Ship It!: A Practical Guide to Successful Software Projects
Ship It! is a collection of tips that show the tools andtechniques a successful project team has to use, and how to use themwell. You'll get quick, easy-to-follow advice on modernpractices: which to use, and when they should be applied. This bookavoids current fashion trends and marketing hype; instead, readersfind page after page of solid advice, all tried and tested in thereal world.
Aimed at beginning to intermediate programmers, Ship It! will show you:
Few of the ideas presented here are controversial or extreme; most experiencedprogrammers will agree that this stuff works. Yet 50 to 70 percent of allproject teams in the U.S. aren't able to use even these simple, well-acceptedpractices effectively. This book will help you get started.
Ship It! begins by introducing the common technicalinfrastructure that every project needs to get the job done. Readerscan choose from a variety of recommended technologies according totheir skills and budgets. The next sections outline the necessarysteps to get software out the door reliably, using well-accepted,easy-to-adopt, best-of-breed practices that really work.
Finally, and most importantly, Ship It! presents commonproblems that teams face, then offers real-world advice on how tosolve them.
19 pages matching build machine in this book
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LibraryThing ReviewUser Review - dvf1976 - LibraryThing
Like the rest of the pragmatic programmer books, this one is excellent. I wish they didn't focus so much on Java/C/Compiled Languages, but I can understand why they do. Read full review
"Ship It! A Practical Guide to Successful Software Projects" by Jared Richardson and William Gwaltney Jr. is a bit of mixed bag. There is good stuff in there, but the book tries to be too much and as a consequence it is at times too sketchy and incomplete. In addition the authors prescribe techiques that are not always appropriate.
The book covers three software engineering topics: tools, project techniques and a methodology. The chapter on tools and infrastructure is solid. They recommend that you implement developer sandboxes, software configuration management, scripted builds, continuous integration, issue and feature tracking systems and automated testing on your projects and I agree. In any project of more than a trivial duration where there are no huge technical barriers due to the products you are working with you should implement all of them.
The chapter on project techniques is less convincing. Some of the techniques are unproblematic. Having a short meeting every morning to make sure that everyone is on the same page and sending code change notifications for instance. Others seem to prescribe a way of working that might not be the best in your case.
For instance they have a simple scope management technique the call "The List", which is essentially just that, a list of all the work that needs to be completed. On small projects this probably works okay, but when projects get big you might be better off with a work breakdown structure and a schedule with dependencies all that.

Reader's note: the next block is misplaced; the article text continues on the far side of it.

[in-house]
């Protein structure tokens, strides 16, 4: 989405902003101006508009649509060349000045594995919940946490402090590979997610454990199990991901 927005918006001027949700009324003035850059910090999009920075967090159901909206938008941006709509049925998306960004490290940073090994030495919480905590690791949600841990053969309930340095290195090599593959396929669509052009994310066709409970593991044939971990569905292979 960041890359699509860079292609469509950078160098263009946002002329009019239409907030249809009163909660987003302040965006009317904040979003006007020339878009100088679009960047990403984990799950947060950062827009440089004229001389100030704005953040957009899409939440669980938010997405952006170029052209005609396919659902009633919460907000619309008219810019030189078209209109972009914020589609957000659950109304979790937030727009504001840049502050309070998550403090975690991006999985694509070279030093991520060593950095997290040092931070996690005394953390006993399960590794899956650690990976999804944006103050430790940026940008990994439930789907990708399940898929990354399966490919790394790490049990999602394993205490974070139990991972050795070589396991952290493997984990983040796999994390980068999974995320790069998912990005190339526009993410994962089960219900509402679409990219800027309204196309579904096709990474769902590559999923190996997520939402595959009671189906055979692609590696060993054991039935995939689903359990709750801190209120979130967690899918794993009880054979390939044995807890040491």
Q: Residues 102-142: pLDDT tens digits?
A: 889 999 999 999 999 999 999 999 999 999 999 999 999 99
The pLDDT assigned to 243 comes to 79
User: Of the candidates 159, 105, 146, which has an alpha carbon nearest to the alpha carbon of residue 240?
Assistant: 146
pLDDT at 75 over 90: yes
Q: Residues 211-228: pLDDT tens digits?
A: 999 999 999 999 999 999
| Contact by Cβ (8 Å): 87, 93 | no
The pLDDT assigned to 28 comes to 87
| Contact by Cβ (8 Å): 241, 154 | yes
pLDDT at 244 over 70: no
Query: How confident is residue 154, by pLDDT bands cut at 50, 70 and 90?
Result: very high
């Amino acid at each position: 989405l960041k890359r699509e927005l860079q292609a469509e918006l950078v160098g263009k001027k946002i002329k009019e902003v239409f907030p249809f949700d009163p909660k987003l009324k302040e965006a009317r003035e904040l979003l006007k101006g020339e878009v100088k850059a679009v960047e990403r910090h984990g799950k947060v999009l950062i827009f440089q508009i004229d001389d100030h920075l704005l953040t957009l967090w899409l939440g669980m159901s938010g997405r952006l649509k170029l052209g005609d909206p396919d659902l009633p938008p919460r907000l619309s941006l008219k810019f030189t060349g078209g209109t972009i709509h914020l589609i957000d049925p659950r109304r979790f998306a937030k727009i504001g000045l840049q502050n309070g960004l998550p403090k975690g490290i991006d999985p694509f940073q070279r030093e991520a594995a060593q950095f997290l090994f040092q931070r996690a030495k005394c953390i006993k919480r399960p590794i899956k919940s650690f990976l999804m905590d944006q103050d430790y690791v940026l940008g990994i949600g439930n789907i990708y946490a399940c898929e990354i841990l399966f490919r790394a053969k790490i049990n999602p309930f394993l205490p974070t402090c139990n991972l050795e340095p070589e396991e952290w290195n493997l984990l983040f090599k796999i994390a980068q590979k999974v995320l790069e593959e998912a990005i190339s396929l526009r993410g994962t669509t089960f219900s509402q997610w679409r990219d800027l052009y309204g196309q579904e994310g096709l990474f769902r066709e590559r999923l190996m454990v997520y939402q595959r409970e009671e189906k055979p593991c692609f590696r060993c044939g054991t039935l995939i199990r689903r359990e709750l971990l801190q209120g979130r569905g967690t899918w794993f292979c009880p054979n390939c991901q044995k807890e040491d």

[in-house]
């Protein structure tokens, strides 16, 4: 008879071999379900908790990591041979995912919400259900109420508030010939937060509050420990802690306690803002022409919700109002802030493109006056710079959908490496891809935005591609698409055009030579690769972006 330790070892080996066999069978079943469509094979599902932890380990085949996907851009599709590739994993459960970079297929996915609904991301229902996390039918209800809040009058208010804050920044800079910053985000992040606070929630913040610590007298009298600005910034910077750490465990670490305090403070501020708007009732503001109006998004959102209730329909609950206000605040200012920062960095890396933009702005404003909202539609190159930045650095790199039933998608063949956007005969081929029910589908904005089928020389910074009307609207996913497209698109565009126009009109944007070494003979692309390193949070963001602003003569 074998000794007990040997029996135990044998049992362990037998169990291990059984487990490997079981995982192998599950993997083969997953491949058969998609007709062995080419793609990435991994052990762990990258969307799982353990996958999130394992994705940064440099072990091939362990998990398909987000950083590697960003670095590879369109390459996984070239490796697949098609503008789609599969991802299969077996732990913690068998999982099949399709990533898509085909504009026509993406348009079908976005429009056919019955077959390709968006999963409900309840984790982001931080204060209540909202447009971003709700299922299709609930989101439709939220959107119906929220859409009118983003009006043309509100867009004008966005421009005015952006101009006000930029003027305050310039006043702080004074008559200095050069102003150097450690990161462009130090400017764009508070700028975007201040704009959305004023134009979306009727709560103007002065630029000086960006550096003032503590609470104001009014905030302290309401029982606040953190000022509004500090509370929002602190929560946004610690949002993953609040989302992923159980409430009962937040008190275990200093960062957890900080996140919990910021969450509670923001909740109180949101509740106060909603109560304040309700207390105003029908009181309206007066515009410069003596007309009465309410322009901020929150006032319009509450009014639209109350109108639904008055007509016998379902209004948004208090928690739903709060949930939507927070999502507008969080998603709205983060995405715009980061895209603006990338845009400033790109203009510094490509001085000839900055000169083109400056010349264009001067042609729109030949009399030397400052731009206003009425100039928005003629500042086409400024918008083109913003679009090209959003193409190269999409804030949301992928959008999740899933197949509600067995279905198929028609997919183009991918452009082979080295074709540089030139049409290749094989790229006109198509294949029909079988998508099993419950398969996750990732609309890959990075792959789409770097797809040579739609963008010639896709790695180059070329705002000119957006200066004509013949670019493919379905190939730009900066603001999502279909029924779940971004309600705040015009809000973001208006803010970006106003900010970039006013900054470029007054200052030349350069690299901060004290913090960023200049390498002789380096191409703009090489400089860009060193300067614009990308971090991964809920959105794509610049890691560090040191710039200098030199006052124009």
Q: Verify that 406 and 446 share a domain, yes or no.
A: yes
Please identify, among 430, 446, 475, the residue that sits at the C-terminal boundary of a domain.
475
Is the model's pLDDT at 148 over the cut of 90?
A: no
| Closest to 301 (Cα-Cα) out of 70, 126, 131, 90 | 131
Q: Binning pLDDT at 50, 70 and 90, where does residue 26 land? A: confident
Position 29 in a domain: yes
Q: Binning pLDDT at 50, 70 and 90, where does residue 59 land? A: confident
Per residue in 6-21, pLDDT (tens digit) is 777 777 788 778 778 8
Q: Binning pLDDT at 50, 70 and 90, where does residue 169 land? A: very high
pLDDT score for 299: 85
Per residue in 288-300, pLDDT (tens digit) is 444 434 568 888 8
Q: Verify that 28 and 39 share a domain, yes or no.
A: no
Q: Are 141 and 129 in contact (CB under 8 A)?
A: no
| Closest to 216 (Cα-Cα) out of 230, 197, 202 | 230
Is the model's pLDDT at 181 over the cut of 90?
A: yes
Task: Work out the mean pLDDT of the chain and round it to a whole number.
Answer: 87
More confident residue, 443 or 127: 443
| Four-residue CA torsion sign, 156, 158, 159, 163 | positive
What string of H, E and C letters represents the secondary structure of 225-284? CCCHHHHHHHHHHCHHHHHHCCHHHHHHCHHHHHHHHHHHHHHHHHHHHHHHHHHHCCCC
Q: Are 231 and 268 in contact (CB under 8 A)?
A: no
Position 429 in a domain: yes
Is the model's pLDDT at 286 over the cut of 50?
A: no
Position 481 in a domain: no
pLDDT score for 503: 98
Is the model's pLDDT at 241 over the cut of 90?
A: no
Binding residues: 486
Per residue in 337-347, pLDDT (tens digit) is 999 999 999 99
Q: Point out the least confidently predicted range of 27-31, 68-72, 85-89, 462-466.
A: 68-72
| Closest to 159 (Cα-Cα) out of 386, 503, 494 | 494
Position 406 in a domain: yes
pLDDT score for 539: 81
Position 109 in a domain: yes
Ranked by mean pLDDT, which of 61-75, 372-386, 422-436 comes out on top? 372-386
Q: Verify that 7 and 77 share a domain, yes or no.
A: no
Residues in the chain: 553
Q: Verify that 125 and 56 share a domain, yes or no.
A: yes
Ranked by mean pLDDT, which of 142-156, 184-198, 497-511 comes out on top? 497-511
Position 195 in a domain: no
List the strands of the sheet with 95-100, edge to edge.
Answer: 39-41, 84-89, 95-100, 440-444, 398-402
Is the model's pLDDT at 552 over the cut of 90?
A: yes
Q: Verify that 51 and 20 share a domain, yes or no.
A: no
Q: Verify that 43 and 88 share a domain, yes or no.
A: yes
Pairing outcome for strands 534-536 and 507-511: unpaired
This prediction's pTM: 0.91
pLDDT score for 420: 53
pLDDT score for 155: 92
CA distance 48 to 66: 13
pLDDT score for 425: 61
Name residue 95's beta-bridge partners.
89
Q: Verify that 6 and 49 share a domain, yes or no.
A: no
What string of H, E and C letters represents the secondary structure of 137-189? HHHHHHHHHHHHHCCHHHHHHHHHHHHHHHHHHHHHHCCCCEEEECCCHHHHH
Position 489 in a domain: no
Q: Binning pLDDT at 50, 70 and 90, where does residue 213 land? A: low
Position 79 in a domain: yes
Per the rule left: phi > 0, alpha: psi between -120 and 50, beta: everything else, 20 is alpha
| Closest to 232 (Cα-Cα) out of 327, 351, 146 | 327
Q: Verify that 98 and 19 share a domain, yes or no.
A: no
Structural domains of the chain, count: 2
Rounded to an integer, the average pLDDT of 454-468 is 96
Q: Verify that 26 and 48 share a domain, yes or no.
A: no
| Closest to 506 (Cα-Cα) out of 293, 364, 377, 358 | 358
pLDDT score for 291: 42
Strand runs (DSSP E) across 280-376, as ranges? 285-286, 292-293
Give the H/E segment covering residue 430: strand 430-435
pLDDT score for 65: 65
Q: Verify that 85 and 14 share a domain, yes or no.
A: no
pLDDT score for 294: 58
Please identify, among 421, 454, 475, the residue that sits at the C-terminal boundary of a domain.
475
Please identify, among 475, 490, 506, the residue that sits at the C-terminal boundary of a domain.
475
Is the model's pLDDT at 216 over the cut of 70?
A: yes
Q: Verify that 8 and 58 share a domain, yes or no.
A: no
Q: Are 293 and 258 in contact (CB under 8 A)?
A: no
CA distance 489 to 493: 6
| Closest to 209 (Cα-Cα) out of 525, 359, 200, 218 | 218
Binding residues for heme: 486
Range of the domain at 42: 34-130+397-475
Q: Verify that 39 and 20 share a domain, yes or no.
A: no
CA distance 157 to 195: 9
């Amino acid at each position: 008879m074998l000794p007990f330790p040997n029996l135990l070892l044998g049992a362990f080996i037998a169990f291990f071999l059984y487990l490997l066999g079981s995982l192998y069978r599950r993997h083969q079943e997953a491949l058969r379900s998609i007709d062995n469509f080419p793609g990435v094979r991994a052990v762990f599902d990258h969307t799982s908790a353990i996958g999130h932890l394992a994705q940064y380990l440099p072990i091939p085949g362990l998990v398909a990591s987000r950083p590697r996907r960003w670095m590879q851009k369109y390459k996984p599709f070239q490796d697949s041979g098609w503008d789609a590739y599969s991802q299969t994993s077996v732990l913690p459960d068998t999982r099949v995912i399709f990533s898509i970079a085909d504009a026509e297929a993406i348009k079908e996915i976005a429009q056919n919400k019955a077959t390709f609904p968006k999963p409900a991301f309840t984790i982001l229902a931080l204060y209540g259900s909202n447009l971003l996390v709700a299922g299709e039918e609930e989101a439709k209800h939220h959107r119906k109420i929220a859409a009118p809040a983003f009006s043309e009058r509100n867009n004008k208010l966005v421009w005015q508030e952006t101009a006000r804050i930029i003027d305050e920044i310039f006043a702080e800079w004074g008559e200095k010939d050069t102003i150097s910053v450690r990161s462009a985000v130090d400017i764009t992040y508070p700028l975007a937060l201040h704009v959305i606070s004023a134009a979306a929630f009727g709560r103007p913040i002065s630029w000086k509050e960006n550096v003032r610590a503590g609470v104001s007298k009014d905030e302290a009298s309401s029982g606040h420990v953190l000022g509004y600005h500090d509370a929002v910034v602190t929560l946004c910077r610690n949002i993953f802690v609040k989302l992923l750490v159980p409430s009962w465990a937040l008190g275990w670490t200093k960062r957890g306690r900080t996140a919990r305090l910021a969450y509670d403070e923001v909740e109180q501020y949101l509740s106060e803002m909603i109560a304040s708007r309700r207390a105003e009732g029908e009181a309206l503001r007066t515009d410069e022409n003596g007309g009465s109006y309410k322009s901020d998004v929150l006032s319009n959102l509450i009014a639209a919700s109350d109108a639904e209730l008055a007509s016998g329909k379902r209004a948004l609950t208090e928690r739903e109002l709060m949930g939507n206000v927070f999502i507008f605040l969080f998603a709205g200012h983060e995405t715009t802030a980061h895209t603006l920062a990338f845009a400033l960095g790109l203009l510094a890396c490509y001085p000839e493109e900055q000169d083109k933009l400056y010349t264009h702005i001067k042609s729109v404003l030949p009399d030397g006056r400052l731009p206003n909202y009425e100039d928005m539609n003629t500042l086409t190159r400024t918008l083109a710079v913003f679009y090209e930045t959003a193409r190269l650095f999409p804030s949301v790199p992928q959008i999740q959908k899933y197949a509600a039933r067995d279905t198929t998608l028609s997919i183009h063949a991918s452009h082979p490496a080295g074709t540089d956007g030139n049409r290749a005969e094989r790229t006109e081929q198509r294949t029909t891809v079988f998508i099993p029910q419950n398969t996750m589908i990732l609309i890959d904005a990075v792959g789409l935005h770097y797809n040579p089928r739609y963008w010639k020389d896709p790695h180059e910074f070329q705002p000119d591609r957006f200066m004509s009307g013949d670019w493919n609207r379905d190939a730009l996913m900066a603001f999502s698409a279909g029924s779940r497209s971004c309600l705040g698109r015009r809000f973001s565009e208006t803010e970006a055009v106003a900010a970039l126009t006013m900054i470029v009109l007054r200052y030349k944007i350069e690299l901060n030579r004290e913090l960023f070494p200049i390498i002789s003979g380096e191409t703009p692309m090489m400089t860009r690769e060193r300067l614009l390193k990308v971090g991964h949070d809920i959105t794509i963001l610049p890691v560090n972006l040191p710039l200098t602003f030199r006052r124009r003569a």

Another example is their recommendation for frequent, short and informal code reviews. Collaborative development techniques such as code reviews is a good idea. Research has shown that this is the most cost effective way to increase software quality. However, research also shows that formal inspections are even more effective. In cases where high quality is important, it would probably be a better option.
The chapter also seems a bit incomplete. It seems like an embryonic agile method. Another reviewer noted that when the book was written methods such as Scrum were not yet established. In my opinion, you are probably better off with Scrum if you decide that agile is appropriate for your project.
Their project method on the other hand is interesting. Unfortunately the chapter describing it is a bit too sketchy for my taste. Also, it is more of a software integration strategy than a full-blown software engineeering methodology. They call the method "tracer bullet development", named after the bullets that allow you to see where you are firing your machine gun in the dark.
Essentially you start by dividing your system into layers, e.g. the GUI layer, the business logic layer and the data access layer. Then, you identify you system objects in each layer and the interaction between them. These objects and their interfaces are then implemented as stubs and integrated into a "working" system. Then you start filling in the blanks and elaborating the interfaces, keeping the system integrated all of the way. This strategy has several benefits. Having done the integration up front, you avoid the nerve-wracking tying together of components at the end of the implementation. The interface-orientation promotes cohesion and loose coupling, making the software more robust and scalable.
All in all, there is good stuff in there, but one has to wonder whether the book was the victim of time-boxed development and premature shipping.
Tools and Infrastructure
Pragmatic Project Techniques
Tracer Bullet Development
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